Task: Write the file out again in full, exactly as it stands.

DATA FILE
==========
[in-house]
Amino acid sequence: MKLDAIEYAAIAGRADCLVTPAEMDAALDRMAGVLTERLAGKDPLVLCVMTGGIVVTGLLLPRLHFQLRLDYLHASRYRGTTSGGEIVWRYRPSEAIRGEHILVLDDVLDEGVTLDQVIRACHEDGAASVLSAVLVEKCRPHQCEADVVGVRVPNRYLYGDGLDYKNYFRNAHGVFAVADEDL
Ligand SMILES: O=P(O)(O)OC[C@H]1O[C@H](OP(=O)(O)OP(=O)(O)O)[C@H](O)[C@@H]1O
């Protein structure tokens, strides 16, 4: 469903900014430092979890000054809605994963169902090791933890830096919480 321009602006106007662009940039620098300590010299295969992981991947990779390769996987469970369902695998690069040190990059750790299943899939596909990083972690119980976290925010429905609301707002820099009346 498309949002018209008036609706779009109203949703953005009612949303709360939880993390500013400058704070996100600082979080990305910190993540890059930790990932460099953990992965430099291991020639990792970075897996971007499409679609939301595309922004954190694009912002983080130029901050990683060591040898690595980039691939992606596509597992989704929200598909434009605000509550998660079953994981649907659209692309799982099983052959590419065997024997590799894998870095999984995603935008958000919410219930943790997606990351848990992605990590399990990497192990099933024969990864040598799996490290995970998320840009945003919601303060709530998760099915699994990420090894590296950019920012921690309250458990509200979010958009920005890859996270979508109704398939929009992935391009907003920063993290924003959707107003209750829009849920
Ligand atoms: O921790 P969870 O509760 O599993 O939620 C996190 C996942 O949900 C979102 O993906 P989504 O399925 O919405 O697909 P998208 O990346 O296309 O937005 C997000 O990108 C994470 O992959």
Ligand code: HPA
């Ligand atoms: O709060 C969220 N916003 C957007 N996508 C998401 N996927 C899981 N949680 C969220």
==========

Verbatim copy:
[in-house]
Amino acid sequence: MKLDAIEYAAIAGRADCLVTPAEMDAALDRMAGVLTERLAGKDPLVLCVMTGGIVVTGLLLPRLHFQLRLDYLHASRYRGTTSGGEIVWRYRPSEAIRGEHILVLDDVLDEGVTLDQVIRACHEDGAASVLSAVLVEKCRPHQCEADVVGVRVPNRYLYGDGLDYKNYFRNAHGVFAVADEDL
Ligand SMILES: O=P(O)(O)OC[C@H]1O[C@H](OP(=O)(O)OP(=O)(O)O)[C@H](O)[C@@H]1O
């Protein structure tokens, strides 16, 4: 469903900014430092979890000054809605994963169902090791933890830096919480 321009602006106007662009940039620098300590010299295969992981991947990779390769996987469970369902695998690069040190990059750790299943899939596909990083972690119980976290925010429905609301707002820099009346 498309949002018209008036609706779009109203949703953005009612949303709360939880993390500013400058704070996100600082979080990305910190993540890059930790990932460099953990992965430099291991020639990792970075897996971007499409679609939301595309922004954190694009912002983080130029901050990683060591040898690595980039691939992606596509597992989704929200598909434009605000509550998660079953994981649907659209692309799982099983052959590419065997024997590799894998870095999984995603935008958000919410219930943790997606990351848990992605990590399990990497192990099933024969990864040598799996490290995970998320840009945003919601303060709530998760099915699994990420090894590296950019920012921690309250458990509200979010958009920005890859996270979508109704398939929009992935391009907003920063993290924003959707107003209750829009849920
Ligand atoms: O921790 P969870 O509760 O599993 O939620 C996190 C996942 O949900 C979102 O993906 P989504 O399925 O919405 O697909 P998208 O990346 O296309 O937005 C997000 O990108 C994470 O992959």
Ligand code: HPA
């Ligand atoms: O709060 C969220 N916003 C957007 N996508 C998401 N996927 C899981 N949680 C969220």